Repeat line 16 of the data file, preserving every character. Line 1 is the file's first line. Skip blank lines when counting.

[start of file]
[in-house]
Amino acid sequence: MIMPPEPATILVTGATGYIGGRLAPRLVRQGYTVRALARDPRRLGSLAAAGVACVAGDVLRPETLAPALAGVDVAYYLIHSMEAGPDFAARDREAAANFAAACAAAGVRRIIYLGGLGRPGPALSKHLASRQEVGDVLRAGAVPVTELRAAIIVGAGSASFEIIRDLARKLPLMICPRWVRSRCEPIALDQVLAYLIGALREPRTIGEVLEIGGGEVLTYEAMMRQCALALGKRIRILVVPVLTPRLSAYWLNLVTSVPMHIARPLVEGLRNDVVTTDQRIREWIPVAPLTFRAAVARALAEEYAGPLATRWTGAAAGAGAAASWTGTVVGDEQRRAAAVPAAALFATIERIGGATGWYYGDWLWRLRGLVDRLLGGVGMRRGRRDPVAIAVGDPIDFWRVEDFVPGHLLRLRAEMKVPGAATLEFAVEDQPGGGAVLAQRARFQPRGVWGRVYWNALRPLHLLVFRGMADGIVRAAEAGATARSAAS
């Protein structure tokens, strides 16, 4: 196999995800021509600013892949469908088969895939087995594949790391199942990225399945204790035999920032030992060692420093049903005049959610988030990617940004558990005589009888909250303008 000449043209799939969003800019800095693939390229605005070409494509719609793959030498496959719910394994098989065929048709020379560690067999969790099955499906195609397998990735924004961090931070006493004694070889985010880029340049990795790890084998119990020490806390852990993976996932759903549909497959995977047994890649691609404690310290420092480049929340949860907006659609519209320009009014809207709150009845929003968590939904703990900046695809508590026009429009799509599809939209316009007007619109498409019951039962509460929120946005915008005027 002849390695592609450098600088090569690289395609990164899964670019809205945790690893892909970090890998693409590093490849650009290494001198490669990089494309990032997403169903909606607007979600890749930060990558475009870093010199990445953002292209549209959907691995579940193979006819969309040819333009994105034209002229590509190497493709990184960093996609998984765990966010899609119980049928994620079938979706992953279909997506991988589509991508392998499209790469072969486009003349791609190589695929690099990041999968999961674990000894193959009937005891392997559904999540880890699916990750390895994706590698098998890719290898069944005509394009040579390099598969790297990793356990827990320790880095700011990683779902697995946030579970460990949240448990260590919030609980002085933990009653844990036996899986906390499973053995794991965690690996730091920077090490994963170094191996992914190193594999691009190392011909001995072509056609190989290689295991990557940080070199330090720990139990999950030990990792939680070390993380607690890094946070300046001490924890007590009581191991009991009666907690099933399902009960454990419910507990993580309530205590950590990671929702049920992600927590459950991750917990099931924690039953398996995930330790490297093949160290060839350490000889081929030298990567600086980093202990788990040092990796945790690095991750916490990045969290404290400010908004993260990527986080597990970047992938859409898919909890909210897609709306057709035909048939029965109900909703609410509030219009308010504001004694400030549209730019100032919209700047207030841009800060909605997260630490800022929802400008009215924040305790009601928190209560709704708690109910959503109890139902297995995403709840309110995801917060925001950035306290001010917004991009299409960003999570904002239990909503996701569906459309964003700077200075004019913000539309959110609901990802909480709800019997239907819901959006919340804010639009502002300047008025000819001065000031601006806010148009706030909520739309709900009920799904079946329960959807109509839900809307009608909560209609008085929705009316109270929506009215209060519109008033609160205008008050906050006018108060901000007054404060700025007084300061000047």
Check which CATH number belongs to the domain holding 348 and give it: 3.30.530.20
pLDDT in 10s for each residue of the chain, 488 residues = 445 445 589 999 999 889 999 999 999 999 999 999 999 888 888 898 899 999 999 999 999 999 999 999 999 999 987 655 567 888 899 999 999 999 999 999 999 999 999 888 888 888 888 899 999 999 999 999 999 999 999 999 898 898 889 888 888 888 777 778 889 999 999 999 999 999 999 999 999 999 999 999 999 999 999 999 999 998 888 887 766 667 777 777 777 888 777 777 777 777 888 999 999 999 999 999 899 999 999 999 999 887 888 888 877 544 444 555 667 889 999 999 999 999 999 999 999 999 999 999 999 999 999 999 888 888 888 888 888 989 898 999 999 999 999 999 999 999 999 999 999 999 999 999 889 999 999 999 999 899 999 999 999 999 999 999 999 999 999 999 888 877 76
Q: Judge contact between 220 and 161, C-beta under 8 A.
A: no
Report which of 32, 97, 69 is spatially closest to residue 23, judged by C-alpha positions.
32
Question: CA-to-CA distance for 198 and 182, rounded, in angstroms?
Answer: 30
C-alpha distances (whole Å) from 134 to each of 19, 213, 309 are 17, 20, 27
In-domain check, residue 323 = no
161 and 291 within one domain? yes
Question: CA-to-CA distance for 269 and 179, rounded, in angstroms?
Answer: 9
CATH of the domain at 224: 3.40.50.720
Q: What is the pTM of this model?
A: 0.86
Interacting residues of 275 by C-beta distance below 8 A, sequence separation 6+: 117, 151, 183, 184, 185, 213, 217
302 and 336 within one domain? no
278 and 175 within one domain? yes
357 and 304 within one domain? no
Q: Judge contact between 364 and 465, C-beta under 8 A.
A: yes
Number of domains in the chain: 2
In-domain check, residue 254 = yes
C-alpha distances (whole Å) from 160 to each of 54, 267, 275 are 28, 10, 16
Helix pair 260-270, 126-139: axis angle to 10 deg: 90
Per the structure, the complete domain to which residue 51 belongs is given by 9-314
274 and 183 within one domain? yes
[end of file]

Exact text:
Answer: 9